Second, we should understand that housing is playing an outsized role in our recent widening of wealth inequality. Housing policy rewarded real estate investments over other investments during the long credit bubble that accompanied the maturation of the baby boom generation (green square on right). This gave the housing sector a double stimulus: rising demand plus a generous tax preference. When housing wealth is stripped from the current distribution of capital, wealth inequality appears much flatter (see Rognlie).
So, rather than some immutable law of capitalism, perhaps Piketty has identified an artifact of short-sighted policy, especially by central banks and government housing policy. In our recent financial market “correction,” these asset prices have not really corrected, as de-leveraging of private credit (mostly in the FIRE sector) has merely been assumed by public credits. The Fed has expanded its balance sheet by about $4.5 trillion and the Treasury has increased the total debt by almost $8 trillion. With all that liquidity sloshing around, the rich have gotten richer because of their ownership of capital assets, both real and financial, while economic growth and employment have stagnated because of de-leveraging and the uncertainty of price distortions keyed off a deliberately depressed interest rate. These monetary and fiscal policies have greatly aggravated inequality and created the more serious problem of allowing those with inflated financial assets to trade them for more permanent real assets, thus narrowing the control over these real asset classes. In the distant past this was called feudalism and we risk recreating such class distinctions.
Nevertheless, Piketty hits on some key truths about the workings of capitalism, none of which are really new but are worth reiterating. First, we call it CAPITAL-ism for a reason – it depends on the accumulation and productive deployment of capital in order to create wealth. To quote Ben Franklin: “Money makes money. And the money that money makes makes more money.”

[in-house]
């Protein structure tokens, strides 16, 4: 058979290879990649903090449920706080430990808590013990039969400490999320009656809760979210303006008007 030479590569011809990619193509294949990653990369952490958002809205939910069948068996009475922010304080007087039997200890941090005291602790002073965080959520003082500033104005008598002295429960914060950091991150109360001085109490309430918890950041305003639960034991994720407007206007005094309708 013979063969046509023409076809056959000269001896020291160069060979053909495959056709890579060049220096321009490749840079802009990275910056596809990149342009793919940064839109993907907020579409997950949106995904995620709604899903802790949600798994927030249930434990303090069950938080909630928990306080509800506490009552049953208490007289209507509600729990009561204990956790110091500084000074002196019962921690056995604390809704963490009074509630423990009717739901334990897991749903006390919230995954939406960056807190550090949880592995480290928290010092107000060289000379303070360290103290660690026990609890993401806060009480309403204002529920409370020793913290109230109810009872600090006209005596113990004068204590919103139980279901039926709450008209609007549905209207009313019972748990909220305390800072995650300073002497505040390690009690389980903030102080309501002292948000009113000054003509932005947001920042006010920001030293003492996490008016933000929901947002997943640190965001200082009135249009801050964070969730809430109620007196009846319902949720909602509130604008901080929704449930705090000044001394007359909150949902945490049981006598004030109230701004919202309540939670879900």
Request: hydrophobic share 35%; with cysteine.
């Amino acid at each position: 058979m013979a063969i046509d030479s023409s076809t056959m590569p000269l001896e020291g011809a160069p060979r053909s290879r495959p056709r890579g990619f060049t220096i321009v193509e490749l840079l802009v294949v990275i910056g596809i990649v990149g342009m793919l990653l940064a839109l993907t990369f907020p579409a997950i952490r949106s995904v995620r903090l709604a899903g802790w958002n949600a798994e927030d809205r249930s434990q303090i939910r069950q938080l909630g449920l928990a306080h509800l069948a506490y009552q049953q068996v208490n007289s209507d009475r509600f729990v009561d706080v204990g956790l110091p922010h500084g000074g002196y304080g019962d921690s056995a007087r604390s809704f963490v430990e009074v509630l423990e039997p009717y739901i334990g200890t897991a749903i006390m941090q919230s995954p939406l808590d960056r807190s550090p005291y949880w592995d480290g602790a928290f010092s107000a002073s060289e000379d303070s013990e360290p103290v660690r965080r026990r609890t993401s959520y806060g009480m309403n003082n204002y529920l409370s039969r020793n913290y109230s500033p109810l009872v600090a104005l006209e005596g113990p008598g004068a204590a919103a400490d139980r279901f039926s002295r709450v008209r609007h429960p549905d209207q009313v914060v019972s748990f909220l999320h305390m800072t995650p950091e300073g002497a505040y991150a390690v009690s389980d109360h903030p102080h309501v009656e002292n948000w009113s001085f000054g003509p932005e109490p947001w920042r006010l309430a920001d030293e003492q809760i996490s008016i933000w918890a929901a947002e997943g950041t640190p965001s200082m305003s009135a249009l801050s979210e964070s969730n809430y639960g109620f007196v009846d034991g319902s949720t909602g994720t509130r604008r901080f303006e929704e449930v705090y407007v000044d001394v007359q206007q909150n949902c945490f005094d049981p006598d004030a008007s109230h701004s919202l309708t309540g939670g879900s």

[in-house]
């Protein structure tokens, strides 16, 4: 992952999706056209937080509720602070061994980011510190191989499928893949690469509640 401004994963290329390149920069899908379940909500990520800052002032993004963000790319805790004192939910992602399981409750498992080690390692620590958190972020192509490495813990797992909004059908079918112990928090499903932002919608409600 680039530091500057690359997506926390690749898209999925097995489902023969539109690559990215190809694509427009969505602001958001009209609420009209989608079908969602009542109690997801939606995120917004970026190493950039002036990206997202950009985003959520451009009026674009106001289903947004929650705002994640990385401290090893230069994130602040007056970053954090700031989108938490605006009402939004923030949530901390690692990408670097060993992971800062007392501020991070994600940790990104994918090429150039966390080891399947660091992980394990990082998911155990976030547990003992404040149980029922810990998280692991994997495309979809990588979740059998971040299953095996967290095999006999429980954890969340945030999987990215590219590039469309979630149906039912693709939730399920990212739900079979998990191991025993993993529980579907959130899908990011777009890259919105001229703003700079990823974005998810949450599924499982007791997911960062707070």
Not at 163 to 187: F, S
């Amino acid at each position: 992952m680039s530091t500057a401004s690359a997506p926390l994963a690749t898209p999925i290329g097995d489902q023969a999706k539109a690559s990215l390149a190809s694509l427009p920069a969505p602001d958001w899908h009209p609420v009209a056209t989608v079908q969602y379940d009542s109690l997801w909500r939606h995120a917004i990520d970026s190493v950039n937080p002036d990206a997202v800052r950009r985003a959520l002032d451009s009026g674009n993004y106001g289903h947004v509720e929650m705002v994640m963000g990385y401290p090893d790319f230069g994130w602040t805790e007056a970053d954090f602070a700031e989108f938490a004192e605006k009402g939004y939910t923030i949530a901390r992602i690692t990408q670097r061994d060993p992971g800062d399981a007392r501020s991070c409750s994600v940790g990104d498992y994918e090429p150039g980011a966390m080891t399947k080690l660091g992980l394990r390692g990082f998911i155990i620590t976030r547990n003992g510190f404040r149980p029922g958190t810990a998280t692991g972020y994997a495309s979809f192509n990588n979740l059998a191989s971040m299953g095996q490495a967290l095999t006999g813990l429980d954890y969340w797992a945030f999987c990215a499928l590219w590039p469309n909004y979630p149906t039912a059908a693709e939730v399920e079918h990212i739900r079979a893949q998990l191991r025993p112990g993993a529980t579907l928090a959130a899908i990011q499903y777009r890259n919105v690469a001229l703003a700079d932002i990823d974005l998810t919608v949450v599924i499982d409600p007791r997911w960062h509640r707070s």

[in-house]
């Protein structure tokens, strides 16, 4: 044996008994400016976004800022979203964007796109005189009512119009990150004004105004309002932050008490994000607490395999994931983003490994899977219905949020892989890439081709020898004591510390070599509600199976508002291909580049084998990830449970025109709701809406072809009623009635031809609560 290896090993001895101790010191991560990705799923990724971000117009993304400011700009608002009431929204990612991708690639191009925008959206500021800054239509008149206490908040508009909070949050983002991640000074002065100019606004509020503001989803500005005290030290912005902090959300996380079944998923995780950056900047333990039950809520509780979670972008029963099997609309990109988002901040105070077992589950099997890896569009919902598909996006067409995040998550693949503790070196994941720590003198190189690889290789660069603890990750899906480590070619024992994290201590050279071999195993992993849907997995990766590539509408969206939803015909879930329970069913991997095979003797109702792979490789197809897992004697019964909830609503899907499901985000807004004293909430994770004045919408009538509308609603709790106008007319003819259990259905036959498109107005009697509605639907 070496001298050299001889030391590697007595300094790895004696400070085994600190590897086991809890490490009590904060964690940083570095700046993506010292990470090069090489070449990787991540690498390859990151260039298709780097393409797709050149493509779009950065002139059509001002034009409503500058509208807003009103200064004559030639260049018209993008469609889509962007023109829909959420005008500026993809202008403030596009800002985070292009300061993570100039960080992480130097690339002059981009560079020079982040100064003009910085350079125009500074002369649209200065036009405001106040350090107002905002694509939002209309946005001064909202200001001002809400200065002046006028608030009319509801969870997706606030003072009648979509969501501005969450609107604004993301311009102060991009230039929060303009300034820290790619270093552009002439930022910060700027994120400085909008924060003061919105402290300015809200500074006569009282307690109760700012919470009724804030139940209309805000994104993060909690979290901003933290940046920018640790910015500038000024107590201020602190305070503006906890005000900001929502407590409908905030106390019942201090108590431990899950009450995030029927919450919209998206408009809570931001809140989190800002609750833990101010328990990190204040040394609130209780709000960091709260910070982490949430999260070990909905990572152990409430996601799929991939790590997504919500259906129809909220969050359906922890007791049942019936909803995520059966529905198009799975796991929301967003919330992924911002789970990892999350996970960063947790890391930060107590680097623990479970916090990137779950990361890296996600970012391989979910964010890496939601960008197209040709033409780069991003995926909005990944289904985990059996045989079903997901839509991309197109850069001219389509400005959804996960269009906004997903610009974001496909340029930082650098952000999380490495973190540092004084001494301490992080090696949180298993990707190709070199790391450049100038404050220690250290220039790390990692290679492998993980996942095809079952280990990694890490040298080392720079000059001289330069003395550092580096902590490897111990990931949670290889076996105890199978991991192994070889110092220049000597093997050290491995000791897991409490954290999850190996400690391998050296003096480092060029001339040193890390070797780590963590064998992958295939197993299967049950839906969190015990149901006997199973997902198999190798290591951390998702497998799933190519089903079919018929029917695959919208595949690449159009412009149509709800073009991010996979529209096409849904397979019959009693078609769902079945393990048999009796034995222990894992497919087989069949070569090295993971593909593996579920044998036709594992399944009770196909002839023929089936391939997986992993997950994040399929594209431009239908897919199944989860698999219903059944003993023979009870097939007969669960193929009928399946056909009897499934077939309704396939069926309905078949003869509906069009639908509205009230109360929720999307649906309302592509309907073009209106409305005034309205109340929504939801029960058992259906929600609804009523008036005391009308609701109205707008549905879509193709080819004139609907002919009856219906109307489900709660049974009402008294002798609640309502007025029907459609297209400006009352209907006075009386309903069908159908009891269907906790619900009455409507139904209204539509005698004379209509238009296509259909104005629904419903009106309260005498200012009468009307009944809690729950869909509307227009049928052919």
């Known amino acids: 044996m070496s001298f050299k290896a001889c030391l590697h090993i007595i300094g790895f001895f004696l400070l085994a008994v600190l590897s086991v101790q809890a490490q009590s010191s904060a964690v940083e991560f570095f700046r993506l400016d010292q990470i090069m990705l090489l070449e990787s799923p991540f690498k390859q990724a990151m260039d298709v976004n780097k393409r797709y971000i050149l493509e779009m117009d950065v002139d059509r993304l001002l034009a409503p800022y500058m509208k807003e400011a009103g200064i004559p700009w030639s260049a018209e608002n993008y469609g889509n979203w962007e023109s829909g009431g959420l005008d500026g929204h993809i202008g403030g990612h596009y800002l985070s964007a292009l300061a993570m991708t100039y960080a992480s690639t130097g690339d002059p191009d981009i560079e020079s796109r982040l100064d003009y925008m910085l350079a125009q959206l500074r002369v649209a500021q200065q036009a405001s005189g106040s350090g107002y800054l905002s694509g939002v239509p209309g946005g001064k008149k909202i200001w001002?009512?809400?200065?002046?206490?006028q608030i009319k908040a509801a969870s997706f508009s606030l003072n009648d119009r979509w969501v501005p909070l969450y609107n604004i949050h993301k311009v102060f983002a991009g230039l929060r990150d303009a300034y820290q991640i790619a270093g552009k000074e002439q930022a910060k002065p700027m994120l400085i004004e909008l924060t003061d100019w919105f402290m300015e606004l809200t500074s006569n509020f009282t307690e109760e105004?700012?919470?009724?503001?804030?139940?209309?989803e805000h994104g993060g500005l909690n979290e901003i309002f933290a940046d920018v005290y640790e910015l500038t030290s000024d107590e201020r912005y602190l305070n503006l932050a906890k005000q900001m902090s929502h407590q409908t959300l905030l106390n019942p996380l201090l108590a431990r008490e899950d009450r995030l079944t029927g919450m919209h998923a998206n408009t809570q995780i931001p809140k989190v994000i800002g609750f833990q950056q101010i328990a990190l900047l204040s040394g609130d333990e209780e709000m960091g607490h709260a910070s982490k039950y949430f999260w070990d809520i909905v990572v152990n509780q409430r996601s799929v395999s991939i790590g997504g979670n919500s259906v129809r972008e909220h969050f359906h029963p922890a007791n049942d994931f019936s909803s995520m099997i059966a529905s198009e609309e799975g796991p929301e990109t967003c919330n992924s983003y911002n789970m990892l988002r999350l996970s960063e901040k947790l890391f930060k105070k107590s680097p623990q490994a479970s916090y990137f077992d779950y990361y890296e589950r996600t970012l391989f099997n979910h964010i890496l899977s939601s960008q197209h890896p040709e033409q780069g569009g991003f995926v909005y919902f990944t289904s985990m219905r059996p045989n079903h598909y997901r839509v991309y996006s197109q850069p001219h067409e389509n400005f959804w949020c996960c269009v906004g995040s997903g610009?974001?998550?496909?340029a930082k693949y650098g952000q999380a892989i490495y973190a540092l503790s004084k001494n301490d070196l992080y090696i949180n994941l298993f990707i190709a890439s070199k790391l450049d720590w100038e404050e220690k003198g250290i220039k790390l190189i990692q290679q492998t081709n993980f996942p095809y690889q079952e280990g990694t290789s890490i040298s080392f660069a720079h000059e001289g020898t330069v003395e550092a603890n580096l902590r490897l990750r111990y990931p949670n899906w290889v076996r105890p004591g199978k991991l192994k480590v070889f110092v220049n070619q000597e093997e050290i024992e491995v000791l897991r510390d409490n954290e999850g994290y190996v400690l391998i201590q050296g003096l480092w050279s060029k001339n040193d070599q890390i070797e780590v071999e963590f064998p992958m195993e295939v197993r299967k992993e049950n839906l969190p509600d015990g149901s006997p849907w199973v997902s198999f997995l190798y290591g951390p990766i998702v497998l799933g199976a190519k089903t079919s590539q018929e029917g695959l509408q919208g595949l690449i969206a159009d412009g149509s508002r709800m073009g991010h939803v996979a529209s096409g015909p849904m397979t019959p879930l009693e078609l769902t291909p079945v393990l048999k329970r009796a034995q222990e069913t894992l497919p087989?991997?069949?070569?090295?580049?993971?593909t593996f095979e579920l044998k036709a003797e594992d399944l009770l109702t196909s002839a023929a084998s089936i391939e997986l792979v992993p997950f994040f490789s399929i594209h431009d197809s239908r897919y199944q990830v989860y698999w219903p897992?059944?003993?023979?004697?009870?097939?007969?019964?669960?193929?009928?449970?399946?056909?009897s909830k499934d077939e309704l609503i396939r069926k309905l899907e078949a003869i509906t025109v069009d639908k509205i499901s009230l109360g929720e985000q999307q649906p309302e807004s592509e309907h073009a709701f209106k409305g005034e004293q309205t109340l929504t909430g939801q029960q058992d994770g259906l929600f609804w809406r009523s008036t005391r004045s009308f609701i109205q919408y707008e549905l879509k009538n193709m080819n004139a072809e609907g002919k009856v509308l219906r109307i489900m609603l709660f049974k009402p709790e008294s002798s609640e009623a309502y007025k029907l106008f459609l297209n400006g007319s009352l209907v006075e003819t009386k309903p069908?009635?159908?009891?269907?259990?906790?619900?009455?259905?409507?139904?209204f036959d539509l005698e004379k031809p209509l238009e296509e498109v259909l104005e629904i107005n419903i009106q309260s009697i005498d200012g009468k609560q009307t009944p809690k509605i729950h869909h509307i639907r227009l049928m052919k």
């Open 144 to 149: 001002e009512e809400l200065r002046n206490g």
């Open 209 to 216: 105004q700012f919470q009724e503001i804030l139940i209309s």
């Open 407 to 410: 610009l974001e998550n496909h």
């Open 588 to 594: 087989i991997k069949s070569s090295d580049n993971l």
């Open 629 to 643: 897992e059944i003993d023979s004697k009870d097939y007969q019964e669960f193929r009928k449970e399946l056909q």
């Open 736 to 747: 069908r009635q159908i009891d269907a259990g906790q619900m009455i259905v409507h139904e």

For the same reason we don’t call it LABOR-ism, because capitalism is about successful risk-taking and our property rights legal system assigns risks and returns to a priori ownership claims. For too long we’ve understood the distributional mechanism of capitalism to be wage incomes, when an increasing share of that distribution is remitted through capital ownership claims on profits. Technology and globalization has only amplified this trend. In addition, a mature capitalist society with an aging demographic depends on an increasing share of rents earned by accumulated capital.
The growing disparity of wage incomes can be largely traced to incomes associated with financial capital, such as in the FIRE sector, and by winner-take-all, or superstar, markets in many professions such as entertainment and sports, but also among corporate managerial elites. In a free and just society this inequality needs to be addressed, but turning back to a laborist model of economic development would mean turning back the tides of trade and freedom.
Rather, we need to promote capital accumulation across the broadest stretch of the population. This simple graph of the relationship between physical capital per worker and income shows the symbiosis between these two factors of production – we merely need to cease dividing them into their antagonistic corners through misguided tax policy.
– from David Weil, Economic Growth.
In addition, we need policies that promote long-term risk-taking and risk management and de-emphasize short-term asset trading. A return to saving and prudent investment will require disciplinary constraints on credit policy, something we’ve lost with too much central bank discretion over monetary policy. The question is how will we attain that discipline with a fiat monetary regime that allows credit creation according to the policy whims of the central bank and the Treasury?
The answers to inequality are not simple and certainly more complex than Piketty’s retrograde and admittedly unworkable proposal of taxing capital for redistribution by the state. The leftist appeal of this argument readily embraces the idea that wealth in private hands is somehow more easily abused than wealth in the hands of politicians and bureaucrats. Tell that to the victims of statism across former Soviet societies. Instead, wealth should be enjoyed by the widest possible swath of the citizenry to be earned by the sweat of their brows and the liberated ingenuity of their imaginations. As I presented in an earlier post, Billie Holiday makes the most insightful observation when it comes to our capitalist society: “God Bless the Child that’s got his own.”